New discovery threatens success of Australian varroa eradication campaign

NSW varroa

Alarm bells are ringing in Australia’s honey industry following discovery of a varroa mite in a beehive at Gumble in the central west of NSW.

Gumble is at least 100 kilometres west from the epi-centre and main locus of Australia’s varroa infestation in and around Newcastle and on the central coast of NSW.

So the spread of varroa mite to Gumble, after more than a year of enormous effort by authorities and beekeepers to contain and eradicate the infestation, is deeply concerning.

There has now been a total of 190 separate varroa infestations confirmed since the outbreak was first discovered outside the Port of Newcastle in April last year.

And that number has jumped nearly 20% since just the start of June this year, at which time the total was some 36 fewer or a total 160 confirmed infested premises.

Despite that reality, government officials and industry representatives are still expressing confidence that eradication of the dreaded bee pest is still technically feasible.

A statement issued by the NSW Department of Primary Industries deputy incident controller, Dr Shannon Mulholland on July 13th said that the response team is still confident it can control the spread of the mite.

“Whilst the discovery of a new mite location is disappointing, it provides further confidence that our tracing and surveillance strategies are working,” Dr Mulholland said.

“Only one mite has been discovered at Gumble and this low mite count suggests we’ve detected the movement early and the fact it was a recent legal movement gives us some confidence we can control this spread quickly.”

Even so the fact is that the eradication zone has recently been spreading further and further south towards Sydney.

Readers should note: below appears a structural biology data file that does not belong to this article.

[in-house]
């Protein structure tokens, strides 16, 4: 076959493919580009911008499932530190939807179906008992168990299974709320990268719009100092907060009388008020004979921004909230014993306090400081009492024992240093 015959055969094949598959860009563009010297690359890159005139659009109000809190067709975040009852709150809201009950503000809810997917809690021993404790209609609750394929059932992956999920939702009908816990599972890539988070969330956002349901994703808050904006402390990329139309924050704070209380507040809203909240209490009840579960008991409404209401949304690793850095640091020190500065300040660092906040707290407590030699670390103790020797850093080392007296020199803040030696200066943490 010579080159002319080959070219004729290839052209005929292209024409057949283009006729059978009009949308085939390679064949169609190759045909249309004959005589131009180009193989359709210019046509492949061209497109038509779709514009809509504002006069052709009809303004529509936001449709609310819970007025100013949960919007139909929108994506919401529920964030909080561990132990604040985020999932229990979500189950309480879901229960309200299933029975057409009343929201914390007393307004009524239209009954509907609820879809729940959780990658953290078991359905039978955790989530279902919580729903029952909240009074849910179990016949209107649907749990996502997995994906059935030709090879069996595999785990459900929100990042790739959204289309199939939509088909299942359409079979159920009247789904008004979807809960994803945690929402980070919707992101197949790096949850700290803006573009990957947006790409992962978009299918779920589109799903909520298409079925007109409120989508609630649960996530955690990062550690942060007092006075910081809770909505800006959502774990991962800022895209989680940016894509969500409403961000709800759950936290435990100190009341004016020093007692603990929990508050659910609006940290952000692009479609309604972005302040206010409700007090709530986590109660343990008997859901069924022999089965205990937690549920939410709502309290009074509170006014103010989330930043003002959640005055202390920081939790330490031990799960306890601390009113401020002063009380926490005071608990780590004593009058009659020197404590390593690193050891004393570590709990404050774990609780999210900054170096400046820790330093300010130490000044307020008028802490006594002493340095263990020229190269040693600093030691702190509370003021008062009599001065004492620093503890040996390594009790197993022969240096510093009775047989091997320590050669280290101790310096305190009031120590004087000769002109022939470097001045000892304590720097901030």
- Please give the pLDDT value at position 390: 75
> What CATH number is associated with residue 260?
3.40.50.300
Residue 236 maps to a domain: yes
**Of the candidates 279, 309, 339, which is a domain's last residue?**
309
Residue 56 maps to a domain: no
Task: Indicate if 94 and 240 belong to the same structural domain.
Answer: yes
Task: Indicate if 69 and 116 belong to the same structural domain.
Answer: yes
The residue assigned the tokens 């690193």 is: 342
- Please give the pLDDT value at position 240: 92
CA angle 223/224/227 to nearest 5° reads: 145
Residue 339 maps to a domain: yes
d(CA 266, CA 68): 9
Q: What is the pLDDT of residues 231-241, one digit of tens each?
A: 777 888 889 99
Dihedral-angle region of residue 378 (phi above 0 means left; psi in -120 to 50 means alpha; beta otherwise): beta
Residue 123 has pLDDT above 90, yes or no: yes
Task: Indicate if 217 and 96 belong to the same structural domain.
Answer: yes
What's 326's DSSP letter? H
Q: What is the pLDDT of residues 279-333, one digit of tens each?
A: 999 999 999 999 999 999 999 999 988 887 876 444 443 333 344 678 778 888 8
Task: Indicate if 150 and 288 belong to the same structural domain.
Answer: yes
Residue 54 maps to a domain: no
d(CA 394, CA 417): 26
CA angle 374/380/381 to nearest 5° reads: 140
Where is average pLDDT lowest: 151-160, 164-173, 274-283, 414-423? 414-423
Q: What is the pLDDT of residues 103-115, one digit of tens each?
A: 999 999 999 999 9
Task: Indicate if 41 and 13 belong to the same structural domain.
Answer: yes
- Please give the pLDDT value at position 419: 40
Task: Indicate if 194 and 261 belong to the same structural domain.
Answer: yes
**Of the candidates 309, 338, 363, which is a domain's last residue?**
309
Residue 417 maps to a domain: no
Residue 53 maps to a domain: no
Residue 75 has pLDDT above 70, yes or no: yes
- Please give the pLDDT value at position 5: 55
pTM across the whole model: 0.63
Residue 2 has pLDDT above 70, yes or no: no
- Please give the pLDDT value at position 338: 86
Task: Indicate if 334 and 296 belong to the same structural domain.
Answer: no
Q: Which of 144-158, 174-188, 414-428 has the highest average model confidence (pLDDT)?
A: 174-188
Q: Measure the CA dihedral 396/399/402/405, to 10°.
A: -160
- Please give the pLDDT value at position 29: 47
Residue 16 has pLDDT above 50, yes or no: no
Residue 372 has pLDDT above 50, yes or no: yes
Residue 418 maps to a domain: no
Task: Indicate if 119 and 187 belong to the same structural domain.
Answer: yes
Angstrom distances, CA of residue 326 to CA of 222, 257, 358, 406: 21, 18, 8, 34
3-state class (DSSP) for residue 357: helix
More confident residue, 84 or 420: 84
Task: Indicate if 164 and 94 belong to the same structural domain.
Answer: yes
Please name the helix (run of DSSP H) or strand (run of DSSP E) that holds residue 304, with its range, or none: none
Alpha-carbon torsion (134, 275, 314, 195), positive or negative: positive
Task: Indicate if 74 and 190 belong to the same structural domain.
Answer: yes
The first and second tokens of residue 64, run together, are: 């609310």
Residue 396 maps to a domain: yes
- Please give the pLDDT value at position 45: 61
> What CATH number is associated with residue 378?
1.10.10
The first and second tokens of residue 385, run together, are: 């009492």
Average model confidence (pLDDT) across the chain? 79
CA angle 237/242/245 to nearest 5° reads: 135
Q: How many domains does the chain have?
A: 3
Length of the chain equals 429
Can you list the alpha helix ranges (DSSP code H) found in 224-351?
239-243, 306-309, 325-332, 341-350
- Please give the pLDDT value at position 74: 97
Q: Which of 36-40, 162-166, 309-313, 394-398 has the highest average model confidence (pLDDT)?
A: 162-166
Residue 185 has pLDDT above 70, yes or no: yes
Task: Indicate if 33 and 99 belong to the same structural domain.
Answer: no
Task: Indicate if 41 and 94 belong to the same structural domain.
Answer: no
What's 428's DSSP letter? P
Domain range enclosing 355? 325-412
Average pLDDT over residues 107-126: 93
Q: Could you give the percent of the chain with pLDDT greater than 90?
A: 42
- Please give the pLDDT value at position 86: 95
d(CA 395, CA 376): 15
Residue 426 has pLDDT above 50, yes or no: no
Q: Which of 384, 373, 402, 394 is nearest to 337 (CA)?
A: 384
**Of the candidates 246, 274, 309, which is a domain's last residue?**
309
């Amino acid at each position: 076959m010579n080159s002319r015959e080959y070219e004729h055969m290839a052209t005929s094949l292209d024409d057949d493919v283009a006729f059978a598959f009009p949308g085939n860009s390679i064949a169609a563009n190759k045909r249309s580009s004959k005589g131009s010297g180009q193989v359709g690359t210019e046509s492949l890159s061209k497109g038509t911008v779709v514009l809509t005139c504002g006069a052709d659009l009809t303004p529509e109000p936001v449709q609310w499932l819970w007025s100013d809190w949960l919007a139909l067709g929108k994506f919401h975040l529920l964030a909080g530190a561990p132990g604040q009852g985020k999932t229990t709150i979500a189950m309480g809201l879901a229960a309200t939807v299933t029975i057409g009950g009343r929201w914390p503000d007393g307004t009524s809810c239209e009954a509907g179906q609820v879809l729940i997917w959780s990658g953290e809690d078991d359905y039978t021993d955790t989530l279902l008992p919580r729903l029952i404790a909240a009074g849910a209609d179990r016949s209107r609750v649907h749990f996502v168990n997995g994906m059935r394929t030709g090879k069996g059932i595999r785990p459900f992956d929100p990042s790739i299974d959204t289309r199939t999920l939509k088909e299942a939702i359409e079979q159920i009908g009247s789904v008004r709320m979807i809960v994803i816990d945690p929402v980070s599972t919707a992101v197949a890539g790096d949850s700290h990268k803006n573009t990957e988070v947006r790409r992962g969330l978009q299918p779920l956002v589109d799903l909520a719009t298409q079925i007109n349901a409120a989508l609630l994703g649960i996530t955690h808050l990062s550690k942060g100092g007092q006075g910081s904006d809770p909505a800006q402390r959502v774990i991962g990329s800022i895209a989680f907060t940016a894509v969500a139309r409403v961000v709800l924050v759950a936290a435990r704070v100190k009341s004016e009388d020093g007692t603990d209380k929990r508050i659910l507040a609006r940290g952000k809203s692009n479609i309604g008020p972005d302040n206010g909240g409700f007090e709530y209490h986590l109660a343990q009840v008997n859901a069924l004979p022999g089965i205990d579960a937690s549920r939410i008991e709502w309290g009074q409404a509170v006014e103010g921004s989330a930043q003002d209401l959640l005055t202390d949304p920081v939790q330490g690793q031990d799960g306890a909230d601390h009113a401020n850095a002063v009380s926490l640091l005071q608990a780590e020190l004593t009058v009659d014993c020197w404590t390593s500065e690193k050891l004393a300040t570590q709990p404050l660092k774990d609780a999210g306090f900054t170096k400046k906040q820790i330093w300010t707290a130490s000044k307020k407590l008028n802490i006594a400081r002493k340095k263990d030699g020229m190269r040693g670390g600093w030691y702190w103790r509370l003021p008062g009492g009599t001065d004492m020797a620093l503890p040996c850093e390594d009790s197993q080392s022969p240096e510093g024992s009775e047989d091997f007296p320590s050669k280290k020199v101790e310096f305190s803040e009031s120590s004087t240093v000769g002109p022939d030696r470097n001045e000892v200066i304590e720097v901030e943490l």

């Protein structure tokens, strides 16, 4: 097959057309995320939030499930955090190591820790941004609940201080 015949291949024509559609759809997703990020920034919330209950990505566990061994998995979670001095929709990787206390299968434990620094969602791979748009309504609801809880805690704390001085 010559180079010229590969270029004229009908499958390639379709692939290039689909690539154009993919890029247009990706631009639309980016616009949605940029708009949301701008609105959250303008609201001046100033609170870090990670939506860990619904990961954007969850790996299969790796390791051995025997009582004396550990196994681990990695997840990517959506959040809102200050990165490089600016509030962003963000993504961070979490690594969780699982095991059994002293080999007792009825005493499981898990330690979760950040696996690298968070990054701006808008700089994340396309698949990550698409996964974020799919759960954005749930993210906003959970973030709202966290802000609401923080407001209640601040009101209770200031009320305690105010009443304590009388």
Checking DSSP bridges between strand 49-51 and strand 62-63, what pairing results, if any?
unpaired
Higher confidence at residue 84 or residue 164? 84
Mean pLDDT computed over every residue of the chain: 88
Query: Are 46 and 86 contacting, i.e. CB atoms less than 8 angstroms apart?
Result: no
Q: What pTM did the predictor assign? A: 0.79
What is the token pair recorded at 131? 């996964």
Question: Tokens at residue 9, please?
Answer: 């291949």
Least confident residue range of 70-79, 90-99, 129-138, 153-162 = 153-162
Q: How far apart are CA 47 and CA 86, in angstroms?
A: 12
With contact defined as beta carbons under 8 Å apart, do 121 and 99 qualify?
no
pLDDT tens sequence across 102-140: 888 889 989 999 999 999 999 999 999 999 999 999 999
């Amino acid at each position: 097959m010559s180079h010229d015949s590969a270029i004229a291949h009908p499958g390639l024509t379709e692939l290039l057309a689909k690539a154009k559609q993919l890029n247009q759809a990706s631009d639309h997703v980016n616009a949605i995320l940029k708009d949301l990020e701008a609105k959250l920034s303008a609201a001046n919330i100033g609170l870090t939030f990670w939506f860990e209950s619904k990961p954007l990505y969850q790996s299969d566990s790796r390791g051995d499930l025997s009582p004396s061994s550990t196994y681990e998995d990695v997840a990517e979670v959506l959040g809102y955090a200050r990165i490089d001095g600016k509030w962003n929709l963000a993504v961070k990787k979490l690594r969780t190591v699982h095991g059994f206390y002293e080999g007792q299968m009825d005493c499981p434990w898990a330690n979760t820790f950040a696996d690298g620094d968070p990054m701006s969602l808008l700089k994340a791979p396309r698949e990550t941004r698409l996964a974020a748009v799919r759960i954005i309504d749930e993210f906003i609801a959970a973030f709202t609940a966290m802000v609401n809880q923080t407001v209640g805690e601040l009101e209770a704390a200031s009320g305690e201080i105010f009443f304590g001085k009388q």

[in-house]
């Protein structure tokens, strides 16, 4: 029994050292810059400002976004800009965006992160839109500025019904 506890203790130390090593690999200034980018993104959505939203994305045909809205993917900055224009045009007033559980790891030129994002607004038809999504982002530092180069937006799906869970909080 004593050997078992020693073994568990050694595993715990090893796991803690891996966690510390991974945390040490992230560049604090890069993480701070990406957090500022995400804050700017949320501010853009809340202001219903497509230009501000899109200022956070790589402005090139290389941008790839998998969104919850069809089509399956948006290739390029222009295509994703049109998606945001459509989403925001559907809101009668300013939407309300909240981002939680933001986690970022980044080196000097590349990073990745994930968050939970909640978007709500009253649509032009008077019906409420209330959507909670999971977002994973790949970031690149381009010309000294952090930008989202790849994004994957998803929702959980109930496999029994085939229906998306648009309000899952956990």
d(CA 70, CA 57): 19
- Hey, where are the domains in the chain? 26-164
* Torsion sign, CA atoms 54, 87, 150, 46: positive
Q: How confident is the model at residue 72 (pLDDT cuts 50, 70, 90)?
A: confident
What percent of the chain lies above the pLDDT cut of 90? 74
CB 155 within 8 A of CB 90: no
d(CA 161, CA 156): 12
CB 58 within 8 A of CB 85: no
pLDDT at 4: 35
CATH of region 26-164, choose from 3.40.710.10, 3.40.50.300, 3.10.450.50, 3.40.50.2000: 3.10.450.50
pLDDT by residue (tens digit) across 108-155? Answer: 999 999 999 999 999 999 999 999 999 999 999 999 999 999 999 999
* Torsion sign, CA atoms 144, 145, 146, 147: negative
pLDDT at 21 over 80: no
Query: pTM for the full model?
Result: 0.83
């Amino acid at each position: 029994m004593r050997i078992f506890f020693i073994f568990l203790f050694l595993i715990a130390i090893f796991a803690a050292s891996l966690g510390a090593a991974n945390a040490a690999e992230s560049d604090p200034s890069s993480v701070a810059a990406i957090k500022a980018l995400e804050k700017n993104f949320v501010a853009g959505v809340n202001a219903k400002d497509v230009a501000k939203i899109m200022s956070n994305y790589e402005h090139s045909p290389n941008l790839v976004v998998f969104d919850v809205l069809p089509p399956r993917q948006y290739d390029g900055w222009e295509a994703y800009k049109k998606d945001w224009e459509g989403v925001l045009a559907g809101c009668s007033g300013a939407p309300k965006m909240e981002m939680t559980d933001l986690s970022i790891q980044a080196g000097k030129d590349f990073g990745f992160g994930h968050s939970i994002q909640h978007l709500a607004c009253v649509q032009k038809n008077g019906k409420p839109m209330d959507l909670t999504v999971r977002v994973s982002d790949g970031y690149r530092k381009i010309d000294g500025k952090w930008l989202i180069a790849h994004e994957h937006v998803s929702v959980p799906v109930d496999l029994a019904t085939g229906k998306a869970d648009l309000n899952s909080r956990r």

And some of what was previously the so-called blue or general emergency zone, within which beekeepers are allowed to move and relocate their hives, has now become part of the red zone, where movement is prohibited.

Indeed the latest detection at Gumble has been identified as a result of a DPI authorised movement of hives from Sackville North, which occurred some 3 months ago.

At the time Sackville North was in the blue zone.

However the steady southward spread of varroa mite discoveries on the central coast, and specifically the recent discovery of infested hives at nearby Glenorie, saw Sackville North initially became part of the purple or surveillance zone.

Subsequent hive inspections in Sackville North then confirmed varroa infestation there. That meant the area was upgraded to a red or euthanization zone, and prompted a review of all the recent authorised hive movements from the area.

So although the official movement permit system enable the tracing activity which led to the Gumble discovery, the confirmation that the spread occurred within the blue zone, inevitably gives rise to some disquieting questions.

After all, the new border of the red zone at Sackville North is uncomfortably close to Sydney’s suburbs. Indeed the border of the purple or surveillance zone is now less than 20kms from the Harbour Bridge.

If the spread of the mite continues into suburban Sydney, it will be almost impossible to stop varroa spreading into the backyard bee hives of the many hundred and perhaps thousands of hives managed by amateur beekeepers in and around the city.

It would make the eradication effort that much more difficult, complex and costly.

Indeed, it would also, very probably, result in an official concession that eradication is no longer technically viable.

That is why both industry and government are, behind the scenes, working on the worst-case scenario of uncontrolled varroa spread at the same time as expressing confidence in the current containment and eradication efforts.

For more information go to

See also the Australian Honey Bee Industry Council reports at

See also the online varroa training course available at TOCAL


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